Seems like families are willing to pay way over the odds if they can get a mortgage or release equity from a London home sale but not willing to take £3,000 out of current earnings for rent. But then rent is dead money! Bizarre behaviour.

  5. Looks like the US housing market crash has just claimed its first major lender in California. Expect to see the same in the UK soon.

    "The failure of a small Californian mortgage lender on Thursrday increased nervousness in the credit derivatives market about the large number of US “subprime” mortgages extended this year."

    "There has been a sharp rise in the number of borrowers behind on their payments. The loans are often packaged into securities and sold to investors to help lenders reduce risk."


    Apologies if this has been posted previously.

  6. Average earnings nearly £35k,I thought it was mid £20's !!

    I think the Earnings data I have is for Male Earnings but one of the things I still have to do is check exactly how the different sources calculate 'Average' Earnings and what sectors they include. As long as the data is consistent throughout the entire history then the ratio is comparable across time...but how it is weighted, what sectors it includes and whether bonus and overtime is included are also important in making sense of the ratios too.

    IDS reports average full time employed male earnings at about £31,500 for April 2005 but the DWP Abstract of Statistics suggests it is was about £29,000

  7. I am pulling together a history of Average House Price and Average Annual Earnings data for the period 1930 - 2006. When I have the full 2006 data I will post the data file, data sources and charts but the edited highlight is as follows:

    1930 Average Earnings = £ 195.80 Average House Price = £ 590 Ratio HP/E = 3.01

    2006 Average Earnings = £34,957.80 Average House Price = £198,552 Ratio HP/E = 5.68 (based on September values)

    Astonishingly the long run ratio of house prices to earnings FOR THE 70 YEARS between 1930 - 1999 = 3.05

    The ratio has also been remakably stable around the 3.0 level for those 70 years and then rocketed to almost double that in the last 7 years (2000 - 2006). At no time in living memory has the ratio of house price to earnings been anywhere near today's bubble level of 5.68. This is surely is the most likley cause of social strife we have. Even right after World War 2 when many houses had been bombed and people wanted to start families the average house price still only reach 4 x average earnings. How on earth did we get here?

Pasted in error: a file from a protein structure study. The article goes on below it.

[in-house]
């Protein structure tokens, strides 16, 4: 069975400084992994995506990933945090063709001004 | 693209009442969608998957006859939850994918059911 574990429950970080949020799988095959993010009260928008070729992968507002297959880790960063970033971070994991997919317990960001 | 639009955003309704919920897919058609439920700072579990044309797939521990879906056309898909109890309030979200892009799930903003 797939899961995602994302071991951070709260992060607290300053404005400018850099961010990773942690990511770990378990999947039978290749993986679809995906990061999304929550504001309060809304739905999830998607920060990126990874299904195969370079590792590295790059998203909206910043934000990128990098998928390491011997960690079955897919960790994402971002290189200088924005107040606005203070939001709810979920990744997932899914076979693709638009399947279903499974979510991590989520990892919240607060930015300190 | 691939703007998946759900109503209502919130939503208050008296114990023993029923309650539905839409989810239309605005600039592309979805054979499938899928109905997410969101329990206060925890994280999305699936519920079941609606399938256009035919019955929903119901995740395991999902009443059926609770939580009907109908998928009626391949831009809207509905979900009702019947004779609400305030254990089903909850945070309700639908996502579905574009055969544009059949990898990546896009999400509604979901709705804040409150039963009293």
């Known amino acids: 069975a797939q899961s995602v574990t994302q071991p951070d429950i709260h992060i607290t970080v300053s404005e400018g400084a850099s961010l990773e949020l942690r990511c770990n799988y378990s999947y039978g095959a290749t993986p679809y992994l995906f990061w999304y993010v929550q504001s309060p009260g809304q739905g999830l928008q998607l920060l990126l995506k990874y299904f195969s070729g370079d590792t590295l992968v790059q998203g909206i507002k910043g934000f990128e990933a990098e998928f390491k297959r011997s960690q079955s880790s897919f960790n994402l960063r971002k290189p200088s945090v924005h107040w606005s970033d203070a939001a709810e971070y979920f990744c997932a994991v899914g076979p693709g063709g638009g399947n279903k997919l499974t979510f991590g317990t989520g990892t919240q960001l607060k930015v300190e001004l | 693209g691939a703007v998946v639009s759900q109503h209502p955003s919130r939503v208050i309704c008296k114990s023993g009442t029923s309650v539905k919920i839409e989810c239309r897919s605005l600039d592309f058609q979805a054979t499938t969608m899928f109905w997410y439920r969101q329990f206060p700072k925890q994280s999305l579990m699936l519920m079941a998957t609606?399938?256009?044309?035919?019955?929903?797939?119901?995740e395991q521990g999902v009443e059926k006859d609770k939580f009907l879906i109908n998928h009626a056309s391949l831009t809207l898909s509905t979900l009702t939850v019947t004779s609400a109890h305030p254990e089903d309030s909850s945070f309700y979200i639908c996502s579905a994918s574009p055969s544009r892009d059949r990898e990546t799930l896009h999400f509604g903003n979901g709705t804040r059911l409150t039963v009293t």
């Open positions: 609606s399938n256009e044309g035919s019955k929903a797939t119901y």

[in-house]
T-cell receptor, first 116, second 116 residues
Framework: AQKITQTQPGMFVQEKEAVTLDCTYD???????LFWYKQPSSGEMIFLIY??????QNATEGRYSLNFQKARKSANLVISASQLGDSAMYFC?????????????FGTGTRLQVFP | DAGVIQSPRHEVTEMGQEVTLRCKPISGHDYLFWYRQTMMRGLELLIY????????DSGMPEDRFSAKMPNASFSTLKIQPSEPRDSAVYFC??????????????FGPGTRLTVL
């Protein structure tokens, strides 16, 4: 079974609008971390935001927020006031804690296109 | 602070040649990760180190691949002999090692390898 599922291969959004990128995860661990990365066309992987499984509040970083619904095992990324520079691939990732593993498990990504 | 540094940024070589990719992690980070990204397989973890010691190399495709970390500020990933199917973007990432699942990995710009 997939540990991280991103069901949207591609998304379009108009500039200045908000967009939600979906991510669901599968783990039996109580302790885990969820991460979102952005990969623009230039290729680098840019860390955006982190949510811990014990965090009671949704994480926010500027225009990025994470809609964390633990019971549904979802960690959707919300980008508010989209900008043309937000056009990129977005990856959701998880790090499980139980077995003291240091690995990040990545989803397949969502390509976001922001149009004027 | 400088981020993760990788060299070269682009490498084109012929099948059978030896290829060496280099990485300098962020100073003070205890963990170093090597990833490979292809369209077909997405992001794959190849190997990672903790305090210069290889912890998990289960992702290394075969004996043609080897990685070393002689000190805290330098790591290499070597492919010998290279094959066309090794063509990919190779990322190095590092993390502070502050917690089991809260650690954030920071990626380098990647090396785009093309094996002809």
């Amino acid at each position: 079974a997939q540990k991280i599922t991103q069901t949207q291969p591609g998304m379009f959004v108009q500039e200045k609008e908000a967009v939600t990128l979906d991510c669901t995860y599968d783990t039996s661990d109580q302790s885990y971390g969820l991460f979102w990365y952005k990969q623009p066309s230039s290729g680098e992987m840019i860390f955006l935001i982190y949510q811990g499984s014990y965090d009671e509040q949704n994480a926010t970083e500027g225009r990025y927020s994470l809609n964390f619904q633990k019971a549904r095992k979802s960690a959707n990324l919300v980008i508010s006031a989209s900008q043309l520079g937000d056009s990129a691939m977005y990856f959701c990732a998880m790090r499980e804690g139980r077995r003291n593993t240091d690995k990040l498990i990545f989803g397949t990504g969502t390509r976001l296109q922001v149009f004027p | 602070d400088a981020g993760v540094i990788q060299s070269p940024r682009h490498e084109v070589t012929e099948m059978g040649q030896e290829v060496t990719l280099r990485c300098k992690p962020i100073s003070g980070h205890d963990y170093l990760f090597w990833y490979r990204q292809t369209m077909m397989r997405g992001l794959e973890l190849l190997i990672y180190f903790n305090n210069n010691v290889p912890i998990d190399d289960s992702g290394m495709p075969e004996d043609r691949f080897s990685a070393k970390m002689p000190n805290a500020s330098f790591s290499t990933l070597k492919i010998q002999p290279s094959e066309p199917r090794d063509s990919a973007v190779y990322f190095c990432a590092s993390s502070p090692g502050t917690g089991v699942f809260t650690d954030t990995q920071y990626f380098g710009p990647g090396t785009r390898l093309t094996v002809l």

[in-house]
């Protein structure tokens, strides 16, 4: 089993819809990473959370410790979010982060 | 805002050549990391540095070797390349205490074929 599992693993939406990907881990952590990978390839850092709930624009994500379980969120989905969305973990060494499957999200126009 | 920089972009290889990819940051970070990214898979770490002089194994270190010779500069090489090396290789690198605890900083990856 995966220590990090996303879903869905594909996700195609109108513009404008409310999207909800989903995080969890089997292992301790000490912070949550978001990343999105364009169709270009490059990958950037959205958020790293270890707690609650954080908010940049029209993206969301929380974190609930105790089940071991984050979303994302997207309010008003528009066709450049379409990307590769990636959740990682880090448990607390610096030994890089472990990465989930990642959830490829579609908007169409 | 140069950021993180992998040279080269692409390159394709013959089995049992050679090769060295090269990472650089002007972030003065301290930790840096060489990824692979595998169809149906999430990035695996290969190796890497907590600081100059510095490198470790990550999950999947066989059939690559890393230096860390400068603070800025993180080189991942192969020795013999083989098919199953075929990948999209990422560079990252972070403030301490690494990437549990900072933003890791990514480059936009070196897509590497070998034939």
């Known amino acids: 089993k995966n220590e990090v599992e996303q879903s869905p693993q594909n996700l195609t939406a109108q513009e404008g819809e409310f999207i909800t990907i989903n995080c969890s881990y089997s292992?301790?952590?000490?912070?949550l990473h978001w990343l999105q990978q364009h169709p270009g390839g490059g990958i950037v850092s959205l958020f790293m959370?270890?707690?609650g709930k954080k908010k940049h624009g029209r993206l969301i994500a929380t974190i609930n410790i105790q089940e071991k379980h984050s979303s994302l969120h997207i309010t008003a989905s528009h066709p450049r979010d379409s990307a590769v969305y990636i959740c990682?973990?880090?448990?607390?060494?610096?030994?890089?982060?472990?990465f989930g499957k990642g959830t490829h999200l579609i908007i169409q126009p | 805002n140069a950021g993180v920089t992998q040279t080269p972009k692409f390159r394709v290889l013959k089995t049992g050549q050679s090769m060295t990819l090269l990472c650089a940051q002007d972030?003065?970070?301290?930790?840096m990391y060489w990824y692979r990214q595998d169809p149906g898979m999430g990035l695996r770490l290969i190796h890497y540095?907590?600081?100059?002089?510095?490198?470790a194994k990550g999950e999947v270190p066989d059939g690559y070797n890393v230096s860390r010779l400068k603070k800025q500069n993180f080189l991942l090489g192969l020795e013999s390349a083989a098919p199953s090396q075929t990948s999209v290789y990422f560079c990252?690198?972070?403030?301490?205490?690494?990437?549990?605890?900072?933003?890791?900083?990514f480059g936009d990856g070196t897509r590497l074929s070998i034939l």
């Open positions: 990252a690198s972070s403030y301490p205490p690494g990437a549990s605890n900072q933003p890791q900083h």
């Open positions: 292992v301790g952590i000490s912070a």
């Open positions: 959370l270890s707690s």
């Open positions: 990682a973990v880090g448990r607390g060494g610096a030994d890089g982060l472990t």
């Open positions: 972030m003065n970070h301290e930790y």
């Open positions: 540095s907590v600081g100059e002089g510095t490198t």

If anyone can let me know how to paste a chart directly into a post I am happy to give you the full time line.

  8. Iran pricing and selling its spot oil in Euro is a meaningless piece of politics as the Euro and US$ are fully convertible.

    Iran could just as easily sell its oil in exchange for gold bars, copper cathodes or £ sterling but because thay are all interchangeable mediums of exchange priced in terms of each other (as indeed are different grades of oil from different ends of the same oil field) it does not matter which bit of paper or metal Iran actually gets in exchange for its oil because either it or or its customer can quickly exchange those for US$ or any other commodity or currency either party prefers.

    Oil traders will still hedge and trade in US$ and just buy the Euro at the last moment before payment is made. It does not mean the end of the US$. The reason that US$ is used to price so many commodities is because it is the biggest consumer on the planet and the US has a well regulated banking system and sophisticated capital market. When China's economy gets big enough it wil be able to demand pricing in Remimbi as indeed the UK used to demand pricing in £ sterling.

    That said, if the US$ tried to move to a fixed exchange rate during some financial crisis or had hyper inflation then it would undoubtedly also quickly fall out of favour because it would no longer be an interchangeable commodity - but we are a very long way from that yet.

  9. The natural outcome of this is a return to Victorian society where we become a nation of tenants renting of the 2% of homeowners.

    Interesting point. I have felt for some time that the workplace is also becoming a lot like a Victorian hiring fair where people would turn up in the local market square every six or twelve months carrying a tool of their trade signifying they were available to hire (those without a skill would carry a mop and the fairs were also often called 'mop' fairs). Local landlords and businessmen would then subject workers to a physical examination and offer to hire at a rate negotiated on the spot. The old, infirm, injured, etc were usually left unhired and ended up in the workhouse while hired labour went off to live in the master's house or in tied tenanted accomadation. If the job was lost the labourer would become homeless (evicted). Workers had few rights and owned very little of their own property. In many rural areas this tradition carried on until World War 2.